The News Journal | by Scott Gross
A proposal to change how the Delaware General Assembly allocates tax dollars has died without a single vote being cast – marking another defeat for Gov. John Carney at the hands of his fellow Democrats.
A Constitutional amendment that would force lawmakers to limit spending in good years and save that extra revenue for tight years will not be called up for a vote before the end of the legislative session on Saturday, despite being co-sponsored by half of the state’s lawmakers.
“That’s unfortunate if that is what the outcome is,” said Carney, who publicly championed the measure. “I’ve tried to explain to everybody that it’s a better way to manage state finances and taxpayer dollars responsibly.”
Multiple sources told the News Journal the decision to hold the bill was made by Democratic leadership in both chambers.
In perhaps the clearest sign the “budget smoothing” proposal was on the ropes, House Majority Leader Valerie Longhurst, D-Bear, removed her name from the list of sponsors earlier this week.
“We want to take a step back and look at it a little more in depth, especially with all the retirees that we have in our caucus,” she said, referring to the 11 incumbents leaving offices in the House and Senate.
“We’re going to have a whole new General Assembly next year,” she said. “Those people should be the ones making the decision, not the ones that are only here for two more (legislative working) days.”
The bill’s failure to come up for a vote comes just weeks after an assault weapon ban the governor requested – and urged the state Senate to call up for a vote – was defeated in committee. That measure then failed to get the support from Democrats needed to force the measure to a floor vote.
This time the resistance is occurring in the House, where lawmakers say they have concerns the budget smoothing proposal could severely hamper their ability to address the needs of vulnerable populations.
The decision to hold the bill was made after Carney personally addressed the House Democratic caucus to push the bill, which he and other proponents say would take the volatility out of the budget process.
Developed by a task force that included Republican Treasurer Ken Simpler and Carney’s Finance Director Rick Geisenberger, House Bill 460 would place a cap on year-to-year spending growth based on a series of economic indicators.
Lawmakers then would be required to evenly split any revenue beyond that benchmark between one-time expenses and a special fund set aside to cover future shortfalls in tight budget years.
A constitutional amendment must be passed by both chambers of the General Assembly in successive legislative sessions, which span two years. That means the budget smoothing bill’s next window for passage would not come until 2021 – one year after the next gubernatorial election.
Carney had hoped to get the bill through the Legislature this year and tie its final passage next year to legislation that would raise revenue through the personal income tax, largely by eliminating itemized deductions and consolidating a myriad of senior citizen tax discounts into a single break based on means.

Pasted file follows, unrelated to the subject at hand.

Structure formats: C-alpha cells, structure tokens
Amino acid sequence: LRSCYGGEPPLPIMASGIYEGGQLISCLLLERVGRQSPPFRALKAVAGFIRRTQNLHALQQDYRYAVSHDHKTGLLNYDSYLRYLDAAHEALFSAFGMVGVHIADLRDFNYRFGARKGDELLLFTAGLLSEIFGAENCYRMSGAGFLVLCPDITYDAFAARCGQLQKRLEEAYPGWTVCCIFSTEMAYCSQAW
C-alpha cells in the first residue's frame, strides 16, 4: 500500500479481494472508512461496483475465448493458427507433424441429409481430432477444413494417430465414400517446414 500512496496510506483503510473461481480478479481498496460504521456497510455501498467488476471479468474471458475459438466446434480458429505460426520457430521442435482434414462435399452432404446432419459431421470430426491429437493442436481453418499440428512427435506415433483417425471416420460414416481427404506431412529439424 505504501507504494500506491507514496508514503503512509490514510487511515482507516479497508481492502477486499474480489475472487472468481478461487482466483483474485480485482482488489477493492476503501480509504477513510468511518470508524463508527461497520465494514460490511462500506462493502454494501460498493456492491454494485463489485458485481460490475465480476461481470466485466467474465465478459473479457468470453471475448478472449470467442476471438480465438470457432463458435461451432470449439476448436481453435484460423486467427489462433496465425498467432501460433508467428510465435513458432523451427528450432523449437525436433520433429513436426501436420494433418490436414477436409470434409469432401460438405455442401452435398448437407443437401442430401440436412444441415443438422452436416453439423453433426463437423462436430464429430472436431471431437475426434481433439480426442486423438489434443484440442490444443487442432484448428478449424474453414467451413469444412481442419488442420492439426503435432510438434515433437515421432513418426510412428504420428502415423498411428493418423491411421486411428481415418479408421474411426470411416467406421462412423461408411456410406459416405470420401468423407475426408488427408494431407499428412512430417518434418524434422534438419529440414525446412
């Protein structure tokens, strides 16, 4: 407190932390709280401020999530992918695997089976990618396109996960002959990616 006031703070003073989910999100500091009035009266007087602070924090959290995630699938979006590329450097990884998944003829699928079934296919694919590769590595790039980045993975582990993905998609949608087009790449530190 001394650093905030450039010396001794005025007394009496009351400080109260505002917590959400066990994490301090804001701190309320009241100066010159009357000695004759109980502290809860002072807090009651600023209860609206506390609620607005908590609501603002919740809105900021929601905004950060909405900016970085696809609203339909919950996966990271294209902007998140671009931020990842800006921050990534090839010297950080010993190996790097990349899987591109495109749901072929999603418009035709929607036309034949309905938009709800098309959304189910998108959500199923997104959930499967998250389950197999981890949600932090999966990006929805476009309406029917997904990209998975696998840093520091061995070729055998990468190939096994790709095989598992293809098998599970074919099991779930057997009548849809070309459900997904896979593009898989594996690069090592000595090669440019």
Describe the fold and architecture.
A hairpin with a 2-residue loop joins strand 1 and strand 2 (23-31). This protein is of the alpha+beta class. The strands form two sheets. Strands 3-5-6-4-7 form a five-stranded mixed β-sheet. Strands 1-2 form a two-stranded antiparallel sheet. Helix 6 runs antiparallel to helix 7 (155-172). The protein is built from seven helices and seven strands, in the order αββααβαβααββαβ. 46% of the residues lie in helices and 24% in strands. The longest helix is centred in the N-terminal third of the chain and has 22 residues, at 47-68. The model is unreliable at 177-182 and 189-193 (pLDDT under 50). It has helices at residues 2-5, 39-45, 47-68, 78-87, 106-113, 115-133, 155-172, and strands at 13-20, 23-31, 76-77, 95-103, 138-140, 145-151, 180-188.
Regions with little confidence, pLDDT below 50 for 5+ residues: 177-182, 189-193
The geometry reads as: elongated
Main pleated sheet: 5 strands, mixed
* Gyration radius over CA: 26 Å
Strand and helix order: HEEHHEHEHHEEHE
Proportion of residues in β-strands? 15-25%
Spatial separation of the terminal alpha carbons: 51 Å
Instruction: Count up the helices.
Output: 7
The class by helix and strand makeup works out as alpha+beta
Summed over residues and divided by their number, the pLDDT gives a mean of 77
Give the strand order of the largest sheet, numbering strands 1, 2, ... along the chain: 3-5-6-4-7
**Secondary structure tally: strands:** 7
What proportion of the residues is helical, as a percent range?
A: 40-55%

Yet some of the Legislature’s more liberal Democrats such as Joint Finance Committee co-chair Sen. Harris McDowell, D-Wilmington, and Rep. John Kowalko, D-Newark, have been quite vocal in their opposition to the budget smoothing bill.
They and other Democratic lawmakers fear the proposal could prevent them from using surpluses to meet growing costs from school enrollment and state worker health care and providing more funding for special education, raising reimbursement rates for nonprofits that serve adults with disabilities and providing pay raises for state workers – all initiatives funded in next year’s $4.27 billion operating budget.
The proposal, they say, also would block the state from taking on major new spending in the event of upheaval, such as the elimination of the Children’s Health Insurance Program once proposed by President Donald Trump.
The budget smoothing plan would allow the Legislature to lift the spending cap with a super-majority vote. But that provision likely would place Democrats – who hold a one-vote advantage in the Senate – at the mercy of Republicans.
House Democrats are reportedly working on an alternative proposal that would not involve a Constitutional amendment. Details of their bill were not immediately available.
Republican lawmakers on Thursday blasted their Democratic colleagues for backing away from House Bill 460, which would not become binding without being passed again next year.
“It is outrageous for the Democratic Leadership in the General Assembly to block the passage of landmark budget reform that is supported by a majority of the legislature, the Governor, the State Treasurer and a significant number of media and citizens groups,” the Senate Republican leaders said in joint statement. “There can only be one reason for this action: the Democrats want to preserve the ability to recklessly spend as much as they can find, and then use the ensuing fiscal chaos to force tax increases, as they did in 2017.”
Longhurst said the decision to hold the bill was about making sure all lawmakers know how the proposal would work and how it would impact their ability to govern.
She noted the task force released its report just a month ago while the actual legislation was not introduced until June 12.
“Not everybody understands it and they have to understand it to explain it to their district,” she said. “We all take a Constitutional amendment very seriously and I haven’t even had a chance to run it by the firemen, senior centers or anyone that could eventually be impacted by the change.”